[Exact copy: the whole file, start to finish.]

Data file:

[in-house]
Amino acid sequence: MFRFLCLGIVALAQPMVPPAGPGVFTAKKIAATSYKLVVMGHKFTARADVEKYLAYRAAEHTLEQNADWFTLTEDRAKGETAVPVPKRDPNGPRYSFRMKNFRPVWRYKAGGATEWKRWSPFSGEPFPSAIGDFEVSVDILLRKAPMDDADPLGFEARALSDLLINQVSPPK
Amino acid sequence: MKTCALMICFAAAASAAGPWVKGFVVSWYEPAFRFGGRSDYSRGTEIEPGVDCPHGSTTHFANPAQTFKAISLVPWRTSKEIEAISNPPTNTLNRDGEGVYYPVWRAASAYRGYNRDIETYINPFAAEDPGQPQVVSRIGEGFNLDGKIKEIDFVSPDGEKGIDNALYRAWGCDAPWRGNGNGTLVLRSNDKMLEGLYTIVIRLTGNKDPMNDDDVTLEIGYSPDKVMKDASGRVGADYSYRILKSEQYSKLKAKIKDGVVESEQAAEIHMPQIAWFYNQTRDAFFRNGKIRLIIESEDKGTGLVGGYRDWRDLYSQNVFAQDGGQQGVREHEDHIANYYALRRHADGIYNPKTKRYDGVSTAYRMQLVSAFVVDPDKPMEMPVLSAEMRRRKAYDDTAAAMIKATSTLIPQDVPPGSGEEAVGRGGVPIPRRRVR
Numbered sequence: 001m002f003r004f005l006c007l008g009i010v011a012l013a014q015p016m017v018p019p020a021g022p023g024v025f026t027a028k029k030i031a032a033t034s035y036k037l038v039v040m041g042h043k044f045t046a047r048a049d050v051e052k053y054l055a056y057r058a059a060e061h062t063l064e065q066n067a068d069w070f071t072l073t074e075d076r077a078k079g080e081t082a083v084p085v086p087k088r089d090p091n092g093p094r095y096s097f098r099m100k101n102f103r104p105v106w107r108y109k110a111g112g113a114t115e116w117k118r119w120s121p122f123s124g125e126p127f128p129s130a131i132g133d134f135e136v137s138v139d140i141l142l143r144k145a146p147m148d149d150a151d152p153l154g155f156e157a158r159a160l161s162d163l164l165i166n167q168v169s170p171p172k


[in-house]
Amino acid sequence: MFRFLCLGIVALAQPMVPPAGPGVFTAKKIAATSYKLVVMGHKFTARADVEKYLAYRAAEHTLEQNADWFTLTEDRAKGETAVPVPKRDPNGPRYSFRMKNFRPVWRYKAGGATEWKRWSPFSGEPFPSAIGDFEVSVDILLRKAPMDDADPLGFEARALSDLLINQVSPPK
Amino acid sequence: MKTCALMICFAAAASAAGPWVKGFVVSWYEPAFRFGGRSDYSRGTEIEPGVDCPHGSTTHFANPAQTFKAISLVPWRTSKEIEAISNPPTNTLNRDGEGVYYPVWRAASAYRGYNRDIETYINPFAAEDPGQPQVVSRIGEGFNLDGKIKEIDFVSPDGEKGIDNALYRAWGCDAPWRGNGNGTLVLRSNDKMLEGLYTIVIRLTGNKDPMNDDDVTLEIGYSPDKVMKDASGRVGADYSYRILKSEQYSKLKAKIKDGVVESEQAAEIHMPQIAWFYNQTRDAFFRNGKIRLIIESEDKGTGLVGGYRDWRDLYSQNVFAQDGGQQGVREHEDHIANYYALRRHADGIYNPKTKRYDGVSTAYRMQLVSAFVVDPDKPMEMPVLSAEMRRRKAYDDTAAAMIKATSTLIPQDVPPGSGEEAVGRGGVPIPRRRVR
Numbered sequence: 001m002f003r004f005l006c007l008g009i010v011a012l013a014q015p016m017v018p019p020a021g022p023g024v025f026t027a028k029k030i031a032a033t034s035y036k037l038v039v040m041g042h043k044f045t046a047r048a049d050v051e052k053y054l055a056y057r058a059a060e061h062t063l064e065q066n067a068d069w070f071t072l073t074e075d076r077a078k079g080e081t082a083v084p085v086p087k088r089d090p091n092g093p094r095y096s097f098r099m100k101n102f103r104p105v106w107r108y109k110a111g112g113a114t115e116w117k118r119w120s121p122f123s124g125e126p127f128p129s130a131i132g133d134f135e136v137s138v139d140i141l142l143r144k145a146p147m148d149d150a151d152p153l154g155f156e157a158r159a160l161s162d163l164l165i166n167q168v169s170p171p172k